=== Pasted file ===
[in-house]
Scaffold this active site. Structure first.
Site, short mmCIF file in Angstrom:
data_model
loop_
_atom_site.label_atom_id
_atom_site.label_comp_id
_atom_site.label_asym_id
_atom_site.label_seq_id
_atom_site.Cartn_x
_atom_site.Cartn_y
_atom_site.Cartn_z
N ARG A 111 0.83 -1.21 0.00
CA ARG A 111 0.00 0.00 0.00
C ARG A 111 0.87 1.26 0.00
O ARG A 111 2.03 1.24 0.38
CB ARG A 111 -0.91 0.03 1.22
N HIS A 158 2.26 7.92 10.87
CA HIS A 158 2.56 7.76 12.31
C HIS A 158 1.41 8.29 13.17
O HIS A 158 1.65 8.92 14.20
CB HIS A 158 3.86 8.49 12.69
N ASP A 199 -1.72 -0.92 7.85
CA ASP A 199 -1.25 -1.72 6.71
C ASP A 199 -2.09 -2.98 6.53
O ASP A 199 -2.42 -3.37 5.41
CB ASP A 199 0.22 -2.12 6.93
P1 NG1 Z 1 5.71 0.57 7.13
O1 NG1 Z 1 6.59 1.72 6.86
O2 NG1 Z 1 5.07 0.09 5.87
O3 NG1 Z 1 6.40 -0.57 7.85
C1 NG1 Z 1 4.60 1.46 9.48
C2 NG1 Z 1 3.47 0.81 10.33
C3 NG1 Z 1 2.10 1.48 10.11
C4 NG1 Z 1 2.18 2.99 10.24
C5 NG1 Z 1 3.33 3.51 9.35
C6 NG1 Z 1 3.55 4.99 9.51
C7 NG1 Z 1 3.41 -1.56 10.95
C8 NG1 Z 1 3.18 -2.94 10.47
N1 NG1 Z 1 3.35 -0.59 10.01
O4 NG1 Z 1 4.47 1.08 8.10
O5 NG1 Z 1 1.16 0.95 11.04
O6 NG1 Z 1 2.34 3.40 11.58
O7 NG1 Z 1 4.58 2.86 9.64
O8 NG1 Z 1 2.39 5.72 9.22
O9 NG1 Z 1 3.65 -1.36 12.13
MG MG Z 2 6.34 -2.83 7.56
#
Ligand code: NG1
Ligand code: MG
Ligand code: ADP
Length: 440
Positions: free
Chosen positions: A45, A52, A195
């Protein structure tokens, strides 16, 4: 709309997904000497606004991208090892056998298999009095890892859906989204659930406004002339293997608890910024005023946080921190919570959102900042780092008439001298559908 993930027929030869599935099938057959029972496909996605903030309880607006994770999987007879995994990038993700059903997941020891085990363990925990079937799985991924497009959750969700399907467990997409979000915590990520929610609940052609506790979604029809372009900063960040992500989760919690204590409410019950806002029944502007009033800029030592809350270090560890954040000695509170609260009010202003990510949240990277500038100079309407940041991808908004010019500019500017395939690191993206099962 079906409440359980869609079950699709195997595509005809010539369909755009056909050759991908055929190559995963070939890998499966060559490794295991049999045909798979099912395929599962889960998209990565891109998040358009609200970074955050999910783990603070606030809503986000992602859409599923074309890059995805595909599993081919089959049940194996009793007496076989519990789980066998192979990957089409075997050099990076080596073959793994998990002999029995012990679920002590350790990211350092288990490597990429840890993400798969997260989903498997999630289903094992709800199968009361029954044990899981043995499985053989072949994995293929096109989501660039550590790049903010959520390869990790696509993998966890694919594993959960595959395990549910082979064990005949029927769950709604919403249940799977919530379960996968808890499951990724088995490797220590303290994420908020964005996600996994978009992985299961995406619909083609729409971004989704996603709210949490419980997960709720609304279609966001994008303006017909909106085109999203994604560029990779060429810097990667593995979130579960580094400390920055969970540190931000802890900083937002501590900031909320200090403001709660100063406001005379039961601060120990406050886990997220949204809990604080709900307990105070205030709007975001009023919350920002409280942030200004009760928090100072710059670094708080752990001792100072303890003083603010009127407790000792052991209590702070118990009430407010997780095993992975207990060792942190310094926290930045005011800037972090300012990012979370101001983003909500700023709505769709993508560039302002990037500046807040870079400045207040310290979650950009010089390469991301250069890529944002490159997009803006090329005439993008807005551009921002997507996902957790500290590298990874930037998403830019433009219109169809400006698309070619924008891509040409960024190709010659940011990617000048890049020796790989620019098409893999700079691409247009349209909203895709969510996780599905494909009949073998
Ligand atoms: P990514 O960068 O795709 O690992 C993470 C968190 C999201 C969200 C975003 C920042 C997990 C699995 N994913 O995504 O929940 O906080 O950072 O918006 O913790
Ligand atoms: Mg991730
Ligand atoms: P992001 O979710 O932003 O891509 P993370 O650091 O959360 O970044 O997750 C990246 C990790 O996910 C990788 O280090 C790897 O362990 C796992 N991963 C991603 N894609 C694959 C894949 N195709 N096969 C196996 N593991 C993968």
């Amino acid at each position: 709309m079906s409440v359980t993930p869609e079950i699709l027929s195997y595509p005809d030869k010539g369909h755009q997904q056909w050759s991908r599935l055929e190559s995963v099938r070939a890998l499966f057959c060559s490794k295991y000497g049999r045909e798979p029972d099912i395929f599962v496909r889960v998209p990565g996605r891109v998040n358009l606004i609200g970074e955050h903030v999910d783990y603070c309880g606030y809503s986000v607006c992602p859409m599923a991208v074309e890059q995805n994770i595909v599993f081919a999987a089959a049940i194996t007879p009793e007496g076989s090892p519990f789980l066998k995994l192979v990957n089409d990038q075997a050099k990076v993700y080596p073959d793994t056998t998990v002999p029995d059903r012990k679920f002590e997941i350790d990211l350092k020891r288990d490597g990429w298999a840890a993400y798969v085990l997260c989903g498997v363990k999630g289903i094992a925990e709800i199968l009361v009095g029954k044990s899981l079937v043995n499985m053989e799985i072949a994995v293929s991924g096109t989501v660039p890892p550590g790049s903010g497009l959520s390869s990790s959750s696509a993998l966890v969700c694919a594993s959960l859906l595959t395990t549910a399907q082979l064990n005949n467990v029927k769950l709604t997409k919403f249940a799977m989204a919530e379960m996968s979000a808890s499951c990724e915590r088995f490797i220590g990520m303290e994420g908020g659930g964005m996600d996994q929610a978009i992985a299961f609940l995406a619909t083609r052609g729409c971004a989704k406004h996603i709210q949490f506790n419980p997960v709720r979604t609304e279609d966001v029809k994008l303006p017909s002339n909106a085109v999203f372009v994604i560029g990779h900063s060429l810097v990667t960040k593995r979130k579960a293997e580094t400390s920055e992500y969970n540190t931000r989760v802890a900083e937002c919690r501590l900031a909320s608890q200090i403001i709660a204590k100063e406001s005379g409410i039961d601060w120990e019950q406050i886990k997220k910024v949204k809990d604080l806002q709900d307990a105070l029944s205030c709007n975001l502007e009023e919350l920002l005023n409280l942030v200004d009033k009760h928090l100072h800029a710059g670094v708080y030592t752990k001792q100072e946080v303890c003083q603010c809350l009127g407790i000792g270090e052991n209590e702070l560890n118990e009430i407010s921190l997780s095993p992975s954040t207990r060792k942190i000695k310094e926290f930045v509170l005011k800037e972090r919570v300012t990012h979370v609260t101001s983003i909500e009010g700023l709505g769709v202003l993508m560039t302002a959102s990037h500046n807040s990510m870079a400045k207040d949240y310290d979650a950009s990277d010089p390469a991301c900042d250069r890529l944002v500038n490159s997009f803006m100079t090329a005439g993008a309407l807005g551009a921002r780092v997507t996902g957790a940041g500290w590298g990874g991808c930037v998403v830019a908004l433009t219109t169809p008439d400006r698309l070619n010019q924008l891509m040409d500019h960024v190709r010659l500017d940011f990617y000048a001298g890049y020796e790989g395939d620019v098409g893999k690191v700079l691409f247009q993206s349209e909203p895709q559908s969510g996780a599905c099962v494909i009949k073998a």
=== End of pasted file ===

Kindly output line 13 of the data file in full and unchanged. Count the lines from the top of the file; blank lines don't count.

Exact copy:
N ARG A 111 0.83 -1.21 0.00